Your browser is no longer supported

For the best possible experience using our website we recommend you upgrade to a newer version or another browser.

Your browser appears to have cookies disabled. For the best experience of this website, please enable cookies in your browser

We'll assume we have your consent to use cookies, for example so you won't need to log in each time you visit our site.
Learn more

LOCAL DEMOCRACY WEEK: DEVON YOUNGSTERS DEBATE WHETHER THEY SHOULD BE ALLOWED TO VOTE

  • Comment
Young people from three Exeter schools will be taking part in a debate on ...
Young people from three Exeter schools will be taking part in a debate on

whether the voting age in the UK should be lowered to 18 years.

The students from Priory High School, St James High School and St Peter's

High School are taking part in the debate in Devon CC's Council Chamber on Monday 13 October.

The debate forms part of Local Democracy Week which this year runs from

13-19 October.

This year the focus is on young people, under the heading 'Listening To

Tomorrow's Voters Today'.

The debate is part of a national campaign being run by the Electoral

Commission who have decided to look at whether the minimum age for voting

should be changed.

The students will be assisted in their debate by leading county councillors

and after the debate will vote on whether the voting age should be reduced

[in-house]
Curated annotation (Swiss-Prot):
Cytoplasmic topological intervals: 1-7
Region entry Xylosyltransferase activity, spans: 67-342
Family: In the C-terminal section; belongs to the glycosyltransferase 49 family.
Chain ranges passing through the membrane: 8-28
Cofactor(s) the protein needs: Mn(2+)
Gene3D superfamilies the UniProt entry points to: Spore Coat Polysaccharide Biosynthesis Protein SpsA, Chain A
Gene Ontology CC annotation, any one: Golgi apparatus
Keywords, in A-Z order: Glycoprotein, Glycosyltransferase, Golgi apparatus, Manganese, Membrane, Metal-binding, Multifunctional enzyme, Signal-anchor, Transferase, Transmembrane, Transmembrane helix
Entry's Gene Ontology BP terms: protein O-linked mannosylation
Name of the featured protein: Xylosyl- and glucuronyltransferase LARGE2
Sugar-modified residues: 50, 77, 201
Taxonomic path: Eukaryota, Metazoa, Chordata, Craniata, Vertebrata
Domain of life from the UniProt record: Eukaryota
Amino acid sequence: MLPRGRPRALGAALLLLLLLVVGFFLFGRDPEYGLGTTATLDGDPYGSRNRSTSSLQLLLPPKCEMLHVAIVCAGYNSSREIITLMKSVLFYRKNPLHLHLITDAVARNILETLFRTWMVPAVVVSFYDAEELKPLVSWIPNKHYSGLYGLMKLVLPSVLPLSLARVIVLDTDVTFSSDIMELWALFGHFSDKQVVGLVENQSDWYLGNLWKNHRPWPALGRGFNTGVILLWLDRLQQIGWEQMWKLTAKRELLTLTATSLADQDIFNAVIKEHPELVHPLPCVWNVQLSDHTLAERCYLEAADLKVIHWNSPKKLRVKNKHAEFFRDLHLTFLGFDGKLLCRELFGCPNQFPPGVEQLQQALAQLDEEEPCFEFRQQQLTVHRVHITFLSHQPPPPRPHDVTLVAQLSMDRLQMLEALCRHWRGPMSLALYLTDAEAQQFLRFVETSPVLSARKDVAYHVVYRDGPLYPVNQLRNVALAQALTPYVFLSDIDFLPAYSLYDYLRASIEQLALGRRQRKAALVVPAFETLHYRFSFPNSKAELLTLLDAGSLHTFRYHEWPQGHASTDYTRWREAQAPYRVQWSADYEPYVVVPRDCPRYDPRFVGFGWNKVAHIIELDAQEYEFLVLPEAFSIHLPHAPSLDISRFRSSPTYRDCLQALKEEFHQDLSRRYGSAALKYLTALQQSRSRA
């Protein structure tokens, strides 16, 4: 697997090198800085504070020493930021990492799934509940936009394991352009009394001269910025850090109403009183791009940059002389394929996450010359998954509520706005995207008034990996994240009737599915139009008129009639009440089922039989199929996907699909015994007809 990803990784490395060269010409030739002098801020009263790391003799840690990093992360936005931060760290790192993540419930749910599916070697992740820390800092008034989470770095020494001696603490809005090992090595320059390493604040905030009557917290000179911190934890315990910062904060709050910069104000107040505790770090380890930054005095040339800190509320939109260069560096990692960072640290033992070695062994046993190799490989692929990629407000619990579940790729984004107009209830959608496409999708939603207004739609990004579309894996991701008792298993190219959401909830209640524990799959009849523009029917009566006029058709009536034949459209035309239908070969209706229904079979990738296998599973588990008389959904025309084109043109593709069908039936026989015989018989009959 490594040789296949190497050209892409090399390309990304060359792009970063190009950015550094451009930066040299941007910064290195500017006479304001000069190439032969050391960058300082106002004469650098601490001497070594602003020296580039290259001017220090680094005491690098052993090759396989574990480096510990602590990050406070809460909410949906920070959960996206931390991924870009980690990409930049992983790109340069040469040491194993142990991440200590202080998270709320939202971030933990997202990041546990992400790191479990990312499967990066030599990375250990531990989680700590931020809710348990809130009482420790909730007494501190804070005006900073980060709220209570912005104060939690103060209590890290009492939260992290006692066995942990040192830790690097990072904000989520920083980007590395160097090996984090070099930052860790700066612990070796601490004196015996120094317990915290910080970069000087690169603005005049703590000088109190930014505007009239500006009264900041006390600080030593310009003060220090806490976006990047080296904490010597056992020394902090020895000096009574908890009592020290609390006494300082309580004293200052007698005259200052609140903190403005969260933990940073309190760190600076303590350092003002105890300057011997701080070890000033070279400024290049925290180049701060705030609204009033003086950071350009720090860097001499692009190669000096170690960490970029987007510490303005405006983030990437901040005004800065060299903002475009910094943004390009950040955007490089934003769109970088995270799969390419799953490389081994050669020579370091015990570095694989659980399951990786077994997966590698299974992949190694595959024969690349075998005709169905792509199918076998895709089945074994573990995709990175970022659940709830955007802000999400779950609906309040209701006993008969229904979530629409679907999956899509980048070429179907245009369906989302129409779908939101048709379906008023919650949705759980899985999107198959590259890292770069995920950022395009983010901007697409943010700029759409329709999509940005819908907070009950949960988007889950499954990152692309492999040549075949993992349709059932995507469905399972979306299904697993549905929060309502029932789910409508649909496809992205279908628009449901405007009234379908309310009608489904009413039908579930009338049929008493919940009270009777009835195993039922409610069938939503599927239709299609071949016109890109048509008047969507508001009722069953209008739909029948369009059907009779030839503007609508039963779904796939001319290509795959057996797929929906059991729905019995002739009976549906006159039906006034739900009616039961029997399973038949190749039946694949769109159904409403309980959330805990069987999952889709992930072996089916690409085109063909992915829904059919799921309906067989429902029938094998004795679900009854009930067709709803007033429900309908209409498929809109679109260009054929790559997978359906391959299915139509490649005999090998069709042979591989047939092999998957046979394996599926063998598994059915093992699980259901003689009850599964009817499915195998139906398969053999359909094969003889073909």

to 16.

Brian Greenslade, leader of Devon CC, will be one of the councillors at the

debate. He explains: 'We want to focus on the potential young people have to

shape the future of society.'

Councillor Joan Morrish is the council's champion for young people.

'With a fall in interest in local and national politics and the decline in

turnout for elections, it is essential that we engage young people in having

their say about things which affect their lives,' she said.

NOTES:

Councillors taking part in the debate are:

Brian Greenslade

Christine Channon

John Hart

David Morrish

Joan Morrish

Margaret Rogers

  • Comment

Have your say

You must sign in to make a comment

Please remember that the submission of any material is governed by our Terms and Conditions and by submitting material you confirm your agreement to these Terms and Conditions.

Links may be included in your comments but HTML is not permitted.